One of my children felt the need to defend the family honour yesterday.
One of those schoolyard/classroom discussions about ‘my dad is smarter than your dad’ which I heard about in detail during after school pickup. He was sheepish but also certain that this course of action was the right one. “One of the things that we’re supposed to do, Mom, is defend our family. I’m a representative of the Ralph family and it’s my job to defend them.”
I love that about him.
And what was it about our honour that needed defending, you may ask?
It was a my dad is better than your dad situation. This other kid was comparing parental professions and brought in his interpretation of what it meant that my husband works at a church.
“Your dad just talks all the time.”
What an interesting perspective. You see, this other kid’s parents are in law inforcement so compared to that I guess he didn’t know or see the value in what working at a church is.
Is that how people see those in ministry? As doing nothing but talk all the time?
I can just see my ministry friends reading this and shaking their heads. We’ve heard it all. “Pastors only work for an hour on Sundays.” “What do you do for the rest of the week when you’re not preaching?
Ministry can seem elusive to those who haven’t experienced what it means to put your living and earning energy into serving others in this way.
It’s a lot of words.
That young boy wasn’t wrong. Ministry requires a lot of words. It requires emotional intelligence and spiritual energy to come alongside people and walk with them as they discover who God created them to be.
Lots and lots of words.
Words of comfort, of confession, words of encouragement and truth. And sometimes listening silence. With others doing a lot of talking.
Large chunk of my chaplaincy training day is words. Listening, searching. And lots of stairs. Lots of words and lots of stairs.
What got me wondering was not so much this young person’s idea that it was all words (I’ve heard that before), but rather, why this was a bad thing?
Why have words used by people in ministry become something that some look on with derision?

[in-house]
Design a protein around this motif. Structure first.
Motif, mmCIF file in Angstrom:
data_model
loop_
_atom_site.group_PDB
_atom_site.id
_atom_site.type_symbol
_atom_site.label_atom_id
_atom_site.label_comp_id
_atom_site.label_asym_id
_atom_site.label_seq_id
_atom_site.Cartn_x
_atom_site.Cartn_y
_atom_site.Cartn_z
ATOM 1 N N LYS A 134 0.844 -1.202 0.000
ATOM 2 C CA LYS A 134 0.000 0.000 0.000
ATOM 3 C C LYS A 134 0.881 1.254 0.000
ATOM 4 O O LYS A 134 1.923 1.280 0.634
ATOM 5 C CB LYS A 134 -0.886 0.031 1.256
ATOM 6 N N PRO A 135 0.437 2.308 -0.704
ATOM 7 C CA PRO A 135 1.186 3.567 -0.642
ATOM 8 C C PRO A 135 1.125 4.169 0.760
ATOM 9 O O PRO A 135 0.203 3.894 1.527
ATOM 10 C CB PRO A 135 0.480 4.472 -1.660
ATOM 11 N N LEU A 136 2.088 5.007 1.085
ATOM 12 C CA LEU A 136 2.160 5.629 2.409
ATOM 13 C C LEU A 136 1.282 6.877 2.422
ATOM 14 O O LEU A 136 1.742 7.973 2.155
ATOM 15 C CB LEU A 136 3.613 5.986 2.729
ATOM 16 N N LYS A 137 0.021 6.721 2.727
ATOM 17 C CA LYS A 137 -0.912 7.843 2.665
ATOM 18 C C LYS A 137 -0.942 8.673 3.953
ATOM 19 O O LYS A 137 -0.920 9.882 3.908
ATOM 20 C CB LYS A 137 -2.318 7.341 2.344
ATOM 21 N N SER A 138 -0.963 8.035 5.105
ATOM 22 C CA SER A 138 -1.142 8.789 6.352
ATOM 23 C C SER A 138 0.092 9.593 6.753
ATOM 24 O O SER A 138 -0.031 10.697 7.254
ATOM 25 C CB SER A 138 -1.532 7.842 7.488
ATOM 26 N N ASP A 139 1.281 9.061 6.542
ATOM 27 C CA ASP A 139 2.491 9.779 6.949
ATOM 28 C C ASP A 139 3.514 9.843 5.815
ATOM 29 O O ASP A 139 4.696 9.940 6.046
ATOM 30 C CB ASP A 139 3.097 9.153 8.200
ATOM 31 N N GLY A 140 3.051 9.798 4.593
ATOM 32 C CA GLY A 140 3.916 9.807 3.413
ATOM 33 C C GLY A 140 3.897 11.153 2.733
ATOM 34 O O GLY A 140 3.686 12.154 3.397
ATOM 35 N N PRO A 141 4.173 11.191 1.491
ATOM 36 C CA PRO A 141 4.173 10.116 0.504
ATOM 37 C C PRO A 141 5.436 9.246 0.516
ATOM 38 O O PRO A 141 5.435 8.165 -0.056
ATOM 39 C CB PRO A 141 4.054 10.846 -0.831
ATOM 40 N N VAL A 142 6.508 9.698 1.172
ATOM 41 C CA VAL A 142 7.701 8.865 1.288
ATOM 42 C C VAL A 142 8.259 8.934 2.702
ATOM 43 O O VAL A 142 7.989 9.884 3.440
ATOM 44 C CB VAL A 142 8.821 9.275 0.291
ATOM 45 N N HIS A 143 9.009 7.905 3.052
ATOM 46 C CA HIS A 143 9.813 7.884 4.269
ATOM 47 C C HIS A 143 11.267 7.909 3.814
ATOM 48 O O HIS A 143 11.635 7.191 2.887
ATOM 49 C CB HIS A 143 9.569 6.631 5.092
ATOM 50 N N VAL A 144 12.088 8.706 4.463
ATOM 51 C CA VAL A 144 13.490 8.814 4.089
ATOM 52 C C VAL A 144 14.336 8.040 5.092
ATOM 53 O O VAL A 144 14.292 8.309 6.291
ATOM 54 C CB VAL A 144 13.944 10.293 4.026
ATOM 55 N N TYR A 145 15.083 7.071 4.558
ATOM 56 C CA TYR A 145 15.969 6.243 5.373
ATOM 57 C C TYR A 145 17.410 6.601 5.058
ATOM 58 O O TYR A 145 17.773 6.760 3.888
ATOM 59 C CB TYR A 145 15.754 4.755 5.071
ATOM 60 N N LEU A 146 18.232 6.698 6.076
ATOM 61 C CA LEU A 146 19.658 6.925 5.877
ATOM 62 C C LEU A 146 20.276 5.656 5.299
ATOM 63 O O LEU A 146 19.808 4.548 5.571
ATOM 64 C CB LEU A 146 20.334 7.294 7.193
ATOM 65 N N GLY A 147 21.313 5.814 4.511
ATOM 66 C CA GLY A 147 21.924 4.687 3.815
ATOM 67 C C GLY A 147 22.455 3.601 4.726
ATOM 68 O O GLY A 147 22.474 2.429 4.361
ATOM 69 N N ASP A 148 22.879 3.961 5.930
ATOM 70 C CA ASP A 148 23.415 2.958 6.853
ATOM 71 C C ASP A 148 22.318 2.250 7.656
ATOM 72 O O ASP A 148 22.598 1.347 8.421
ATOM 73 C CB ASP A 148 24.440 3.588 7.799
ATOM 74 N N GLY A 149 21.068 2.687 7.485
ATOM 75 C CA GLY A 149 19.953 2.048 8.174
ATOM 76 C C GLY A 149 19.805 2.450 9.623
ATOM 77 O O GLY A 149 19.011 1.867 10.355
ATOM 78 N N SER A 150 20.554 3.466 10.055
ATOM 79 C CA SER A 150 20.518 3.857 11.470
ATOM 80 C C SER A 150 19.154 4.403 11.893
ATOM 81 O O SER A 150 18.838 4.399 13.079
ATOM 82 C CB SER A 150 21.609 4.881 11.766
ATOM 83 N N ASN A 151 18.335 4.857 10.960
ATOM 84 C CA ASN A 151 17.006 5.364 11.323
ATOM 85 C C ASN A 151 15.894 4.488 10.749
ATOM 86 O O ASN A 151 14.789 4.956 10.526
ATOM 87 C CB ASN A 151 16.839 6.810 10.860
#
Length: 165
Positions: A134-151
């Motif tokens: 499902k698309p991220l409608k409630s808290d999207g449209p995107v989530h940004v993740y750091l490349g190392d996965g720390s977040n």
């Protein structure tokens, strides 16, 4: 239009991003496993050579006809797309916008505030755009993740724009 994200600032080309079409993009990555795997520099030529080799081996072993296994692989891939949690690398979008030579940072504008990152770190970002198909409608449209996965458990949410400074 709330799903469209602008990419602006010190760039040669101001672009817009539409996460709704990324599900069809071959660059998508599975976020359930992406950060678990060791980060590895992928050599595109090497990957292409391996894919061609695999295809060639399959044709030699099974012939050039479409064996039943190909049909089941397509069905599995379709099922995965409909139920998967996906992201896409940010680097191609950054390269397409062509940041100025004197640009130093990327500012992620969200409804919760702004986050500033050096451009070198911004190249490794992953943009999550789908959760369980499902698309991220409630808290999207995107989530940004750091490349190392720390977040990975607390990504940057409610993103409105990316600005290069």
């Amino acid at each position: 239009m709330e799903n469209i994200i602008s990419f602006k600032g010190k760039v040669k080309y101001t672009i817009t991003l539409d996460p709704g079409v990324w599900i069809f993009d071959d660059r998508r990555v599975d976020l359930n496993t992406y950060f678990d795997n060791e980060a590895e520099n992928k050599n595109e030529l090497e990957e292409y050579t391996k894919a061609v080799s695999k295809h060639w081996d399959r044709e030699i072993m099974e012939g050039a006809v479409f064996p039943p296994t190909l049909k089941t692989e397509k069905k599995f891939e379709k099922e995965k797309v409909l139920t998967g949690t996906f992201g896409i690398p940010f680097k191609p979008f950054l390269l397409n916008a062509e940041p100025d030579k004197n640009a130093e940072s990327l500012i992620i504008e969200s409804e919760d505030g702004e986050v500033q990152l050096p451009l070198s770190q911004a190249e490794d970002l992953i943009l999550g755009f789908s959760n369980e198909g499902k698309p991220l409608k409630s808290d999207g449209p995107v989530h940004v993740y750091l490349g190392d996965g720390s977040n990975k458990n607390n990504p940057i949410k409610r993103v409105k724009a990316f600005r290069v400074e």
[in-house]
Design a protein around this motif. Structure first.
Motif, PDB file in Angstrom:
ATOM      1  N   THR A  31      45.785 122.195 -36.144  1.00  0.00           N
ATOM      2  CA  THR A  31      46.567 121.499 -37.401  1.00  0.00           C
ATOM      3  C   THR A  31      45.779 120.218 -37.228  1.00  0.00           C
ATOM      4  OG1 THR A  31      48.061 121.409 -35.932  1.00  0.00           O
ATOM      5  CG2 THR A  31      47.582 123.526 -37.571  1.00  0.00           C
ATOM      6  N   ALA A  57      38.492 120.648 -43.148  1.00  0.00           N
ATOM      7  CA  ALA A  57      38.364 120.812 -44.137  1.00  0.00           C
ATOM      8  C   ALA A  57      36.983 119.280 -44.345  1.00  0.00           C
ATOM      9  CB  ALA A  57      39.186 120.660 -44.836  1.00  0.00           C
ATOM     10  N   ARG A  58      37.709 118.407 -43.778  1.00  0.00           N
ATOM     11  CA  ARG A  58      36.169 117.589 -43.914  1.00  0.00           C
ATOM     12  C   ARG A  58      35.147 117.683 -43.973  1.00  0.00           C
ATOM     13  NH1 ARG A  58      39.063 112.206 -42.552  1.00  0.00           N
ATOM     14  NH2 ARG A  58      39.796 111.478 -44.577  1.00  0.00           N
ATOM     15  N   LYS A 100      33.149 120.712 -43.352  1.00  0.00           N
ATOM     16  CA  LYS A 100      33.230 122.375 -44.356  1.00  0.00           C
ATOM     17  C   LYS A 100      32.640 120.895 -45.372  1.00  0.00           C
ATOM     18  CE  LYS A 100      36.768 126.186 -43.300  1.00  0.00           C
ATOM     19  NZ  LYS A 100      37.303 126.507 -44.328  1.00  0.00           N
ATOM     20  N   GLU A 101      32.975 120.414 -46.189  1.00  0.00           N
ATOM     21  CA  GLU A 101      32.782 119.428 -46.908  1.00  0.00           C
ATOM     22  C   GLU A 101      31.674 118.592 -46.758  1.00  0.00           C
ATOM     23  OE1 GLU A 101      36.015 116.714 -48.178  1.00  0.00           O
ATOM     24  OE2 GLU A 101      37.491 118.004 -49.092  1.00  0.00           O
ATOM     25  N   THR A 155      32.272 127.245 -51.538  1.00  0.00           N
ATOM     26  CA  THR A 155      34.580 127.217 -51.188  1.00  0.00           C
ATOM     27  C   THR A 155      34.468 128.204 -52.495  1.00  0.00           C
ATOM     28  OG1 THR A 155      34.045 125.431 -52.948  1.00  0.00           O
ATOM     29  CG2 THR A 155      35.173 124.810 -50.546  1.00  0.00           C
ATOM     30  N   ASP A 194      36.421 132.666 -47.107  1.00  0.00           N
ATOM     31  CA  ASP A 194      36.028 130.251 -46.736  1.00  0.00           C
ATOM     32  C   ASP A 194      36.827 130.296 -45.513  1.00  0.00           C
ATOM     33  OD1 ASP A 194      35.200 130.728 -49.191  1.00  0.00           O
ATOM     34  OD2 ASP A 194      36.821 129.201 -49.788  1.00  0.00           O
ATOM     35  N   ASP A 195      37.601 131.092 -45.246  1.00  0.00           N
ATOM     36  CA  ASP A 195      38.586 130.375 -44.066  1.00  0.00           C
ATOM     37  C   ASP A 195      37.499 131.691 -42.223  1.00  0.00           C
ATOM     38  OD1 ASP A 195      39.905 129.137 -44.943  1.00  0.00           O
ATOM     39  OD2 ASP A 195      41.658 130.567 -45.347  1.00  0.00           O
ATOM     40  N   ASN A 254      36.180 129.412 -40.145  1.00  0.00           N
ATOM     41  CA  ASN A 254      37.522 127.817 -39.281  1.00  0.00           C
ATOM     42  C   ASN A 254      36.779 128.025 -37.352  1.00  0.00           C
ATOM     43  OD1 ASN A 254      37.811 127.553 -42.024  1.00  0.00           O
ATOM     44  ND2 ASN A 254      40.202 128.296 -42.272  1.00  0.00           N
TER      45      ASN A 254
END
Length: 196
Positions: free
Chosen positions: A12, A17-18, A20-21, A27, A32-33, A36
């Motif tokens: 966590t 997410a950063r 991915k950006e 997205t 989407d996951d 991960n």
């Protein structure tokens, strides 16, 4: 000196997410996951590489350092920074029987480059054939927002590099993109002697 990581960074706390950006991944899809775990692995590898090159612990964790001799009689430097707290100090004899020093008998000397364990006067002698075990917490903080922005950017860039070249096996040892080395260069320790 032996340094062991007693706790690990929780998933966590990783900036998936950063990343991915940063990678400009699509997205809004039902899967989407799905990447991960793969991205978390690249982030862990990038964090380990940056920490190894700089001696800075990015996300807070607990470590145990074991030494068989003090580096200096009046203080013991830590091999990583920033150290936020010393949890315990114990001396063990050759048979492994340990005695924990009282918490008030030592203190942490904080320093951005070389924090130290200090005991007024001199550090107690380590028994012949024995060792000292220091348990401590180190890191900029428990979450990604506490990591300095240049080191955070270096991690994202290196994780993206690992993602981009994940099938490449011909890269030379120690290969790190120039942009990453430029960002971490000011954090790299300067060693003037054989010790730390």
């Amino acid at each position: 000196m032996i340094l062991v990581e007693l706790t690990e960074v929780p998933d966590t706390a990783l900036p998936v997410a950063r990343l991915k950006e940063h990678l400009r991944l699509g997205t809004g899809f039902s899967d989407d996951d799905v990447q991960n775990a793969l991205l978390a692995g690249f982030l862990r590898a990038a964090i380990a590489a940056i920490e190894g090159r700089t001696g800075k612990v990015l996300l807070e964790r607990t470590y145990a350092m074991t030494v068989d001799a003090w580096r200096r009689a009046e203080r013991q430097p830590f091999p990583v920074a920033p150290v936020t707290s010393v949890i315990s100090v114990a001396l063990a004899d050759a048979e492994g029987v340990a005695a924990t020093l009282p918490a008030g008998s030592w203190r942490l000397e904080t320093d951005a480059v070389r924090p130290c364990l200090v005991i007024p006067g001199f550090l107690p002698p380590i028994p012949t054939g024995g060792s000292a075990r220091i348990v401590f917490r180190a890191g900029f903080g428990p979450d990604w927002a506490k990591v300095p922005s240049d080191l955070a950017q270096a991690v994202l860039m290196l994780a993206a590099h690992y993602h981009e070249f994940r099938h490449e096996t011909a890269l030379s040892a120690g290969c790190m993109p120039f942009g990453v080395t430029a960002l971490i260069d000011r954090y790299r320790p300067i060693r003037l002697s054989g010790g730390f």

Maybe because words have been used to hurt and not heal. Maybe words have been offered as platitudes for intense pain. Maybe words have been used during that one hour on a Sunday morning to create feelings of isolation and shame.
Or maybe words were offered when what was really needed was self-sacrifice.
When I look at Jesus and how he ministered to people, he used words. Lots of words. He taught, encouraged, admonished, healed, and restored with his words.
But his words without the action of the cross would have been incomplete. His words point the way to the glory of the cross.
As I think about this young boy and his idea that words aren’t enough, I think he’s right.
Jesus modelled for us a balance of words and deeds. That’s how we can most effectively love people, too. So often what people see are the Sunday morning words and not the Monday to Saturday deeds.
Because words are first line of interaction, deeds are the love in action. And ministry requires both.
As I hear more and more the discussion about why caring for people spiritually is of lesser importance, I think it’s because others wonder what we do.
It’s complex because the nature of what we do is to be doing, but that doing is often done in secret.
Often only God sees the doing.
I loved my son’s defending of the family honour. And I honoured him for that.
But I also told him that often people won’t understand what his dad does. And that this is not a new experience.
Good spiritual care is often more a sense or memory than a list of needs checked off. It is that conversation. It is that freezer meal, that oil change for the single mom.
Ministry is the work and words twining around one another. The mouth, hands, and feet of Jesus all together.
It’s His teaching culminated by the cross and resurrection. The being with in tandem with the speaking with.
So for my son, “Next time, words, but careful words.” And hopefully through his and all of our examples, it won’t be just words.